911 dispatcher Natalie Rumsby sits at her desk in Victoria where on April 24 she answered a call from Carol Klock, whose husband Jack had a heart attack while in the shower. Rumsby coached Carol in CPR and Jack survived. SUBMITTED PHOTO

B.C. 911 call-taker gets rare glimpse of what happened after call

Call-taker coached Port Alberni woman in lifesaving CPR on her husband

When Natalie Rumsby answers a call as a 911 dispatcher, her job ends when first responders arrive on the scene, and the person who called 911 no longer needs her help.

It’s not often that she and her colleagues at the dispatch centre in Victoria hear the outcome of their calls.

That changed last week when a woman from Port Alberni shared her story about performing CPR on her husband thanks to the coaching of a calm 911 dispatcher.

READ: Vancouver Island wife brings husband back to life with CPR thanks to 911 dispatcher

Carol Klock related her story about calling 911 after her husband Jack suffered a heart attack while taking a shower one night in April.

Carol, who had never taken a CPR course, performed the life-saving technique on her husband for 10 minutes while waiting for paramedics to arrive. She said an anonymous dispatcher “literally taught me CPR over the phone” and she wanted to thank the woman for helping her.

A colleague of Rumsby’s who was familiar with the call read the story from the Alberni Valley News and let Rumsby know about it.

“Everything’s done over the phone and once you’re done, you’re on to the next job,” Rumsby said from Victoria. “It’s heartwarming to hear that he survived.”

She said she doesn’t often open up about her job. She compartmentalizes it, and when she leaves the dispatch centre for the day, she leaves the job behind.

It’s a survival tactic: “Right now, there’s a lot of compassion fatigue. It’s an exhausting job at the best of times,” she said, but added the opioid crisis has made it even tougher for 911 dispatchers and other first responders.

“There’s days here where we could have seven or eight call-takers and they’re all coaching CPR to people in different communities in B.C.

“As a call-taker/dispatcher, you are often tasked with talking to people on the worst day of their lives, in a moment of crisis, and you depend on them to be your ears, eyes and hands until help arrives,” Rumsby said.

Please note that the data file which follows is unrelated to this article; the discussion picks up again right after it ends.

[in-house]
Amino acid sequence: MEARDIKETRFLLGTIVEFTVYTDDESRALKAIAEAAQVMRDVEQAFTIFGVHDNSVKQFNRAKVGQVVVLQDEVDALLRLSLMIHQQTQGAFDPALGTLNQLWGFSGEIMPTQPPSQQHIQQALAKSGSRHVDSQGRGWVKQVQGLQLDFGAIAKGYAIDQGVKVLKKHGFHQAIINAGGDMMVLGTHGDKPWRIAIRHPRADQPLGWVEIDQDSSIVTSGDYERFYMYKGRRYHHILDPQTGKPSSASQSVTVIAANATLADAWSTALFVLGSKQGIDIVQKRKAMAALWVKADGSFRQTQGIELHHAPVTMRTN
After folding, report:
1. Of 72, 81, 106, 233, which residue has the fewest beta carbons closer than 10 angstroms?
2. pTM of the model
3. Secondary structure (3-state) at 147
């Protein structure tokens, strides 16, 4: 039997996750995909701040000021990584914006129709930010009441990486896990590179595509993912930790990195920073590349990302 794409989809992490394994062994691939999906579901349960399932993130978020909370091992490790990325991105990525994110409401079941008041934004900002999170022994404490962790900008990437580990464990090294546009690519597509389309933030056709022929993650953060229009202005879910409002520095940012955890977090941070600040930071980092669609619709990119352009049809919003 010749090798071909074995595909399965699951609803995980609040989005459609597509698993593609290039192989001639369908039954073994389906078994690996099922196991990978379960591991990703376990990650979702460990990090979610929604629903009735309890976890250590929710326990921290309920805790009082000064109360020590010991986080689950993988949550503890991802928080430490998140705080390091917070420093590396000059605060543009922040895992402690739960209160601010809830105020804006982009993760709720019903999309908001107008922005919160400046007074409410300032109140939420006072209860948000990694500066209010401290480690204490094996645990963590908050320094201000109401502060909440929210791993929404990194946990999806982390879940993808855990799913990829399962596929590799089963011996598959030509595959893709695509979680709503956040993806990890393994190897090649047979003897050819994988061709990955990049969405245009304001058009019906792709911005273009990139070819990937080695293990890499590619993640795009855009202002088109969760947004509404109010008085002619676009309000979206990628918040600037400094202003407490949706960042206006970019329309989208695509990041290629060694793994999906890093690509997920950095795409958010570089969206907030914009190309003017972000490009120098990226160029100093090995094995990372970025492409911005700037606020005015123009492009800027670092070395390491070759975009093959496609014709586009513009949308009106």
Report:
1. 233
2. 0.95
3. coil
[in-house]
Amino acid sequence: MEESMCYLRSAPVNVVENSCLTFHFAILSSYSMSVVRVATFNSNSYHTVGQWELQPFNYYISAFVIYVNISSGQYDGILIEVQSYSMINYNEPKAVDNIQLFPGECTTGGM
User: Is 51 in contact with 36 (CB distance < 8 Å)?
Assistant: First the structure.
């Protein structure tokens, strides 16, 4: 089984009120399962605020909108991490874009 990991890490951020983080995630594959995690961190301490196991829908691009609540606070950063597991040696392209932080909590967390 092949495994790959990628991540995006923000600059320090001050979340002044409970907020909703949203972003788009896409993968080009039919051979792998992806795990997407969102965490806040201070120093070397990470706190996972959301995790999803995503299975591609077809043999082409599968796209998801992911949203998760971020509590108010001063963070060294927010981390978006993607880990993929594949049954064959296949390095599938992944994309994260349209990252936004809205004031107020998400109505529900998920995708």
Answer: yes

“We are trained to help people not only cope with these situations, but in many situations, guide them to give life-saving first aid that they would otherwise not know how to do.”

While Carol Klock gives Rumsby all the credit with helping her stay calm, Rumsby said Carol’s ability to stay composed was the most important aspect of helping her husband.

“This woman performed those skills in the worst of circumstances, ” Rumsby wrote in a Facebook post about the story. “Thanks to her staying calm and composed and doing the most effective CPR possible, her husband is alive today.”

Rumsby hopes stories such as the Klocks will inspire people to learn how to perform CPR.

“I think it’s really important for everyone to take a CPR course, even a hands-only CPR,” she said. “If somebody knows CPR, the second they see someone collapse … it could mean life or death for that patient.”

READ: Where to learn CPR

Rumsby has nominated Carol Klock for a Vital Link Award with BC Ambulance Service, which recognizes the significant contributions made by citizens during medical emergencies. She hopes that if Carol is given an award, she will be able to meet the Klocks in person.

editor@albernivalleynews.com

Get local stories you won't find anywhere else right to your inbox.
Sign up here

Just Posted

Southeast Kootenay school district set to reopen next week

Individual schools have creative timetables and schedules in order to adhere to public health orders

George Morris turns 99

Friends, family and neighbours gathered outside at Terra Lee Terraces in Cranbrook… Continue reading

Rotarians at work at Fred Scott Villas

Members of the Cranbrook Rotary Club, along with some key community volunteers,… Continue reading

The Weed Warrior: an invasive weed, new to the East Kootenay

Wild Parsnip is a plant that most of us don’t want to have a Close Encounter of any Kind with

Possible Kermode Bear spotted near Castlegar

A local resident spotted the white-coloured bear while on an evening trail run on May 27

Only four new COVID-19 cases, 228 active across B.C.

Health officials watching as activities ramp up

Feds looking at ways to reunite families amid COVID-19 border restrictions with U.S.

Some families with members of dual-citizenship have become separated due to the pandemic

Condition in kids with possible COVID-19 link being studied in Canada

This month, the U.S. Centers for Disease Control and Prevention issued an alert to doctors about MIS-C

‘I knew what he wanted’: Man recalls black bear chasing him up tree in Slocan Valley

Francis Levasseur is no stranger to the outdoors, but a recent run-in with a bear caused quite a scare

COVID cancelled their wedding plans, so they married on a BC mountaintop

Ceremony was live streamed to friends and family around the world

Introducing the West Coast Traveller: A voyage of the mind

Top armchair travel content for Alaska, Yukon, BC, Alberta, Washington, Oregon and California!

Trudeau acknowledges racial unrest in U.S.; ‘We also have work to do in Canada’

‘Anti-black racism, racism, is real; it’s in the United States, but it’s also in Canada,’ Trudeau says

State of Local Emergency declared for Boundary as communities brace for river flooding

Warm weather and heavy rain could cause sections of Kettle River system to swell beyond 2018 levels

Large cruise ships barred from Canadian waters until end of October: Garneau

Last year 140 cruise ships brought more than two million visitors to Canadian ports

Most Read